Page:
Indonesia reforms target central bank’s independence Proposed changes to the autonomy of Bank Indonesia have triggered alarm among some analysts. The move also comes as the central bank has become one of the first in emerging market economies to experiment with quantitative easing. (FT)
13 charged in militia plot to kidnap Michigan governor The militia group Wolverine Watchmen held training sessions with weapons, successfully tested an explosive device and surveilled the properties of the US state’s Democratic governor Gretchen Whitmer as part of a militia plot before November’s general election, authorities alleged. (FT)
Gretchen Whitmer, governor of Michigan, has been the target of criticism over her imposition of lockdown measures in the US state © AP
How long did Donald Trump stay in hospital after he was diagnosed with coronavirus? 36 hours? 3 days? A week? Take our quiz.
The day ahead
UK GDP Gross domestic product, trade and industrial product details are due on Friday with analysts forecasting a boost to GDP from the country’s Eat Out to Help Out scheme. (FT)
Nobel Peace Prize announced The winner of the Nobel Peace Prize will be announced on Friday at 11am CEST. The American poet Louise Glück was awarded the Nobel literature prize on Thursday. (Nobel, FT)
What else we’re reading
How the US turned hawkish on China Before taking power in 2012, Xi Jinping went on a US charm offensive. Eight years later, scepticism about Beijing has become a rare common ground in Donald Trump’s hyper-partisan Washington. Read more in our week-long series: The New Cold War. (FT)
© FT montage
Democracy faces bigger threats than Putin or Xi The forward march of democracy of the early post-cold war era has become a retreat as self-styled strongmen scorn liberal values. But those seeking the root of democracy’s ills should look closer to home, Philip Stephens advises. (FT)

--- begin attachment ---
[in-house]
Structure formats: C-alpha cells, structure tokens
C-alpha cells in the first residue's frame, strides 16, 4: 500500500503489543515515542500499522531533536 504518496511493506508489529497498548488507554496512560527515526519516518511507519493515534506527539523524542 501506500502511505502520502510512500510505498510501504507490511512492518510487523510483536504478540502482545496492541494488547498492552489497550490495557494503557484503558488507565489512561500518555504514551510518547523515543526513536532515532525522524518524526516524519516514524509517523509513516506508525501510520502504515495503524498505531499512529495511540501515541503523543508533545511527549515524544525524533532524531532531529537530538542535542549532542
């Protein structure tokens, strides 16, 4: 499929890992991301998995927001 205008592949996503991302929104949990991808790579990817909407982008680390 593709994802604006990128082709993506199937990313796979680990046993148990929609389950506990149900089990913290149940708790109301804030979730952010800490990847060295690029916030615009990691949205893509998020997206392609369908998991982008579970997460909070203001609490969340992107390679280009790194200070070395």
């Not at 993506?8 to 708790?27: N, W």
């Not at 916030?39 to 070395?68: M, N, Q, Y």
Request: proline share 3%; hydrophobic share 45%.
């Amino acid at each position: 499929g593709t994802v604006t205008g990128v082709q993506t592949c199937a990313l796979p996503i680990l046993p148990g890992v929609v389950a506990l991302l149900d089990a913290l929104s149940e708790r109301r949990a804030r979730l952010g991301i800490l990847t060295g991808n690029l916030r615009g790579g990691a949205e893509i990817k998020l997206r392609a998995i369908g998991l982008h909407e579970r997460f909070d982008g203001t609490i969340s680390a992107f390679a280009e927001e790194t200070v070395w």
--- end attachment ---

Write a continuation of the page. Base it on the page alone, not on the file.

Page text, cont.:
The best hikes in Hong Kong The breadth — and beauty — of the city’s trails is one of the best surprises about life in the Asian financial centre. And during the pandemic, hiking the trails has been a wonderful release. Here are a few suggested routes. (FT)
The MacLehose trail features proper wilderness and solitude, jungles and sandy beaches as well as nice peaks to scale if you choose © Alamy
India’s new haven for transgender women The idea for creating the village of Sandeep Nagar was first envisioned six years ago by Grace Banu, one of India’s most prominent transgender activists. Today, the town that houses India’s first co-operative society run entirely by transgender women is a reality. (Vice)
Even college kids are touting Spacs This week it emerged that University of Pennsylvania students have created a so-called “Penn Spac” club to celebrate these new equity vehicles. For the students, this is probably a smart move. For everyone else, though, it is a worrying sign of froth, writes Gillian Tett. (FT)
Donald Trump is risking a Covid election blowout If the race stays focused on the pandemic, polls suggest Joe Biden will win, writes Edward Luce. Mr Trump wants Americans to be afraid of something that does not seem particularly lethal — the radical left — yet be unafraid of a disease that has so far claimed more than 200,000 American lives. (FT)
Hollywood is pulling the plug on cinemas The pandemic has cemented a lost year for the film industry and posed an impossible conundrum to Hollywood studios: release films to largely empty cinemas, stream them online at a steep financial loss or delay and hope for a return to normal. (FT)
Tasmanian devils return to mainland Australia The marsupial carnivores will roam the outback again for the first time in 3,000 years thanks to a reintroduction project that released the furry creatures within the Barrington Tops National Park sanctuary north of Sydney. (Smithsonian)
Video of the day
Trump vs Biden and the African-American vote In the second part of our series on the US election, the FT’s Peter Spiegel and Rana Foroohar analyse how the Black Lives Matter movement, employment and the issue of voter suppression will affect the African-American vote, and Donald Trump and Joe Biden’s chances of winning the White House.
Video: US 2020 election: Trump vs Biden and the African-American vote
Thank you for reading. Send your recommendations and feedback to [email protected]